Malia Ellis fought through the burdens of embarrassment and isolation that a physical disability can crudely place upon a young girl. So the 19-year-old Washtenaw Community College student is on a mission to erase those burdens for future generations.
“You say the word ‘disability’ and that makes you think about what people can’t do, but it doesn’t mean we’re less of a person,” says Ellis. “We don’t need to hide. Our voices should be heard. We can do just as much as anyone else and our disability doesn’t define us.”
Ellis has a rare condition called epidermal nevus syndrome, which caused severe scoliosis at the onset of puberty. She went from a child who loved to dance and play sports to having eight surgeries in as many years, resulting in a completely fused spine.
Physical therapy sessions helped her graduate from a wheelchair to a forearm crutch, but they also exposed her to other kids that looked like her — which is when, Ellis says, she realized that “because you may feel different doesn’t mean there aren’t people who feel just like you.”
That ultimately led to the creation of Malia’s Movement, a website and social media accounts intended to bring Ellis’ own life to the public eye in order to change perceptions about people with disabilities and inspire young girls who have them.
In about one year, Ellis has attracted more than 146,000 followers on Tik-Tok (@MaliaEllis07), where she posts some raw and honest videos about living with a disability; but primarily hits on popular topics on the app like make-up, beauty and fashion.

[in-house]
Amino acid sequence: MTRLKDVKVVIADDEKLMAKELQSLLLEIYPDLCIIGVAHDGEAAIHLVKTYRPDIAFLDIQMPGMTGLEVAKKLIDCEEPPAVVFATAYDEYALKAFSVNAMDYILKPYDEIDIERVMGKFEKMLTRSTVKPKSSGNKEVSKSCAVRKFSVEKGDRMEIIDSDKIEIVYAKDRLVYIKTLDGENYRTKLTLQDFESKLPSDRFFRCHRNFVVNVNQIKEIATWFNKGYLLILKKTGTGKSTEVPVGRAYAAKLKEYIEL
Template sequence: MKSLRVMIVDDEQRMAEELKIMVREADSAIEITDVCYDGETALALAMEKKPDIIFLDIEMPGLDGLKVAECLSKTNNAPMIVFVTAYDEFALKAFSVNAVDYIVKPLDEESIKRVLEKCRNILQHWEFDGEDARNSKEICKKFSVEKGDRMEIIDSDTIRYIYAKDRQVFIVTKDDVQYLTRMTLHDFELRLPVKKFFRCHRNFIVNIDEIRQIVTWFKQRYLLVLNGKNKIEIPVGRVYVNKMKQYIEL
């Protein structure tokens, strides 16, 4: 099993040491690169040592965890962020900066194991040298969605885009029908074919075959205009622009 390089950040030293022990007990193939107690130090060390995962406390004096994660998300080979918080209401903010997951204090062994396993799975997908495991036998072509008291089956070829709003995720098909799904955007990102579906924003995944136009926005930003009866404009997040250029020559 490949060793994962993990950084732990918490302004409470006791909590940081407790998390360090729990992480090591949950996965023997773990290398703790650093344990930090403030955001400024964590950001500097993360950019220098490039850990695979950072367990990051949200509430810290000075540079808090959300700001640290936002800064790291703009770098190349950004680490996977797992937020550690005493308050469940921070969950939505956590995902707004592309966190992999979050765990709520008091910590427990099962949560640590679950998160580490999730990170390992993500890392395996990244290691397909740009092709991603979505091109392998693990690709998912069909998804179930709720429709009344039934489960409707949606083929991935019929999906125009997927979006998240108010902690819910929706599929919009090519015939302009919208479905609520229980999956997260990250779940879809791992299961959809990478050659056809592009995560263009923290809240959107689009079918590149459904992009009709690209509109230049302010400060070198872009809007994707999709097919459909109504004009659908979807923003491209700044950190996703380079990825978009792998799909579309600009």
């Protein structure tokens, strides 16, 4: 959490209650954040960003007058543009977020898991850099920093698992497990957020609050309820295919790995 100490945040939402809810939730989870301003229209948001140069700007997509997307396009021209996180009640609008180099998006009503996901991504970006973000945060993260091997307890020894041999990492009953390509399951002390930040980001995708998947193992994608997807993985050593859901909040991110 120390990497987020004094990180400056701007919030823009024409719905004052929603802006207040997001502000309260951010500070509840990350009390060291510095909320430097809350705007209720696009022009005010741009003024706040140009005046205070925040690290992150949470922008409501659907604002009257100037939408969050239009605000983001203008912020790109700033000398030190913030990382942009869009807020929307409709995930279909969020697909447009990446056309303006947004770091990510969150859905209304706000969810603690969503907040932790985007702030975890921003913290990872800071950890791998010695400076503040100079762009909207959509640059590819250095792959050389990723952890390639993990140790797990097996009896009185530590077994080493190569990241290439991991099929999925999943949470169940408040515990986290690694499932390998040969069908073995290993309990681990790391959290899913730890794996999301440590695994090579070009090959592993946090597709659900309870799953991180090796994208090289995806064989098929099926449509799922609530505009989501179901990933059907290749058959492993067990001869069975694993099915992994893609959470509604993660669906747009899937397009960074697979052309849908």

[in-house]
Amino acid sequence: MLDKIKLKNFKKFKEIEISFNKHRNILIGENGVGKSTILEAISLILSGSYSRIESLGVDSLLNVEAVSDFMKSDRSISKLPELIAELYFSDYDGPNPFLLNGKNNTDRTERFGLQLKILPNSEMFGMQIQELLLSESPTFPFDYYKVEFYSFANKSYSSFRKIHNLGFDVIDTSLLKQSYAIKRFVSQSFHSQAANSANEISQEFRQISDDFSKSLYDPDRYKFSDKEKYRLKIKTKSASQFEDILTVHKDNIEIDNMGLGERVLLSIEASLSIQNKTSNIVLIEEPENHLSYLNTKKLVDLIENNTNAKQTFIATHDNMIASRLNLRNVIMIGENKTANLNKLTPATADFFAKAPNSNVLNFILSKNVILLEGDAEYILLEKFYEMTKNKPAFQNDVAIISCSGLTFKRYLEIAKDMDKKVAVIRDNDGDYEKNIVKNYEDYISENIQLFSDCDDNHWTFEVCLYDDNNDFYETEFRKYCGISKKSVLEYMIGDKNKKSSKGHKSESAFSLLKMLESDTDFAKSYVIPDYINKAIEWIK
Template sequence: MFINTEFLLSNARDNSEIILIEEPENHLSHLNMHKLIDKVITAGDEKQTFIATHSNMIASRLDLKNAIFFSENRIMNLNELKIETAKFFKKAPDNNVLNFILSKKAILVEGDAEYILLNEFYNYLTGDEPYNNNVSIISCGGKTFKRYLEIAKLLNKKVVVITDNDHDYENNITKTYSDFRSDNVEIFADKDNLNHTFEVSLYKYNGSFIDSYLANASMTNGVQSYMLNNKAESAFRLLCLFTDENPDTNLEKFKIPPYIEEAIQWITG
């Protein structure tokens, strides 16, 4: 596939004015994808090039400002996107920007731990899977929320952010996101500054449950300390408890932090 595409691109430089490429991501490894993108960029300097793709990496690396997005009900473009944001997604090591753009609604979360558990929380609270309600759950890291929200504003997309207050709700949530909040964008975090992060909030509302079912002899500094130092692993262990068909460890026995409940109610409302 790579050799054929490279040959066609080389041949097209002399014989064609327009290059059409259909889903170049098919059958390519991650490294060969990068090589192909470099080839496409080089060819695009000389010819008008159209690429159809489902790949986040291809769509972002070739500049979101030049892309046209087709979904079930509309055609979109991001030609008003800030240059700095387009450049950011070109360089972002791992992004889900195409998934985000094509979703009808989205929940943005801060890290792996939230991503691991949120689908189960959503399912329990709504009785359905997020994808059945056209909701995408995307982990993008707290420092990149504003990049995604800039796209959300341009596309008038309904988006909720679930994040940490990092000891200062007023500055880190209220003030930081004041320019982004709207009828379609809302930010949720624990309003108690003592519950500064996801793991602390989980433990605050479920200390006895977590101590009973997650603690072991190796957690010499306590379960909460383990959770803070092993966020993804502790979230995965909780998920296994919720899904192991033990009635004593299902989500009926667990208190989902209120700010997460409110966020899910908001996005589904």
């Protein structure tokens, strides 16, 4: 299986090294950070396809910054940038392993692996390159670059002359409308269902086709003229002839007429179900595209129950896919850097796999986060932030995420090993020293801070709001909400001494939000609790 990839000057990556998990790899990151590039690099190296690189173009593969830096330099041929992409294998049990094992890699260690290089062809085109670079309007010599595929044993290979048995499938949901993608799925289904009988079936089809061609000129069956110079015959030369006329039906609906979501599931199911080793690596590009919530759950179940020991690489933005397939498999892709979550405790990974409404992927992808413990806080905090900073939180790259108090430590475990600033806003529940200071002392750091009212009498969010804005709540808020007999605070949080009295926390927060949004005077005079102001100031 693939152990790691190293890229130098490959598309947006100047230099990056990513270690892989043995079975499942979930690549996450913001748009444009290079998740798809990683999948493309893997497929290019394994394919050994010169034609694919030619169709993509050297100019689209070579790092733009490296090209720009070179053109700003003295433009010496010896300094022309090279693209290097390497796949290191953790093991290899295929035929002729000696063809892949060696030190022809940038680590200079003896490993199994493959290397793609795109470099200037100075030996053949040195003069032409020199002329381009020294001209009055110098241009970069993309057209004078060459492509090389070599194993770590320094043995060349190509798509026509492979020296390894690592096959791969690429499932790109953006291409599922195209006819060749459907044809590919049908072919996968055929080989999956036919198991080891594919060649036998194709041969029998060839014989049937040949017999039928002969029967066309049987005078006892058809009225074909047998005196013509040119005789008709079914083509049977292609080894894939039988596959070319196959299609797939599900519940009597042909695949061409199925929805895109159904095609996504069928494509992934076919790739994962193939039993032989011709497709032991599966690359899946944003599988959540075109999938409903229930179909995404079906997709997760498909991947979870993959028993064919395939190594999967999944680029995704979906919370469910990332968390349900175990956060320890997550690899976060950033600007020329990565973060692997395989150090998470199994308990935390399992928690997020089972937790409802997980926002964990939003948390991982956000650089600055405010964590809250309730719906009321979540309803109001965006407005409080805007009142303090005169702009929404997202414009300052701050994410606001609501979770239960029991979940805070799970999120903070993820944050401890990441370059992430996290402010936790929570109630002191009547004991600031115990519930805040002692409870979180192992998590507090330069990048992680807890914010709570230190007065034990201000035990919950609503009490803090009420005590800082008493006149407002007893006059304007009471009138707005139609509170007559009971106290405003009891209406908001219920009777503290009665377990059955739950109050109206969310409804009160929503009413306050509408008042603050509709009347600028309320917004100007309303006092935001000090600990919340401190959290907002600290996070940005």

She says it’s all about wanting to be a role model to others who are going through similar life experiences and reminding other disabled teens and young adults that they’re not alone.
“Being a pre-teen when all this happened to me, I was hit really hard. I was embarrassed because I didn’t see a lot of people who looked like me or were going through the challenges I was going through,” Ellis said. “For a long time I was pretty depressed and didn’t have any inspiration to get better. With Malia’s Movement, I want to inspire others who think they’re alone in this world.”
Ellis will earn a General Studies Associate Degree from WCC in May and has completed the Michigan Transfer Agreement to meet the general education requirements at participating Michigan four-year colleges and universities.
Before transferring to pursue a bachelor’s degree, however, she plans to take a short break to put all her efforts into Malia’s Movement for a while. If there’s a possibility to turn educating and inspiring others into a career, it’s one she’s interested in pursuing.
“It’s been quite a journey, but I really do love myself and am able to accept my changes,” Ellis said. “I’m still not 100% in love with the way I look, but I can at least accept who I am. Hopefully Malia’s Movement can help others reach that point, too.” l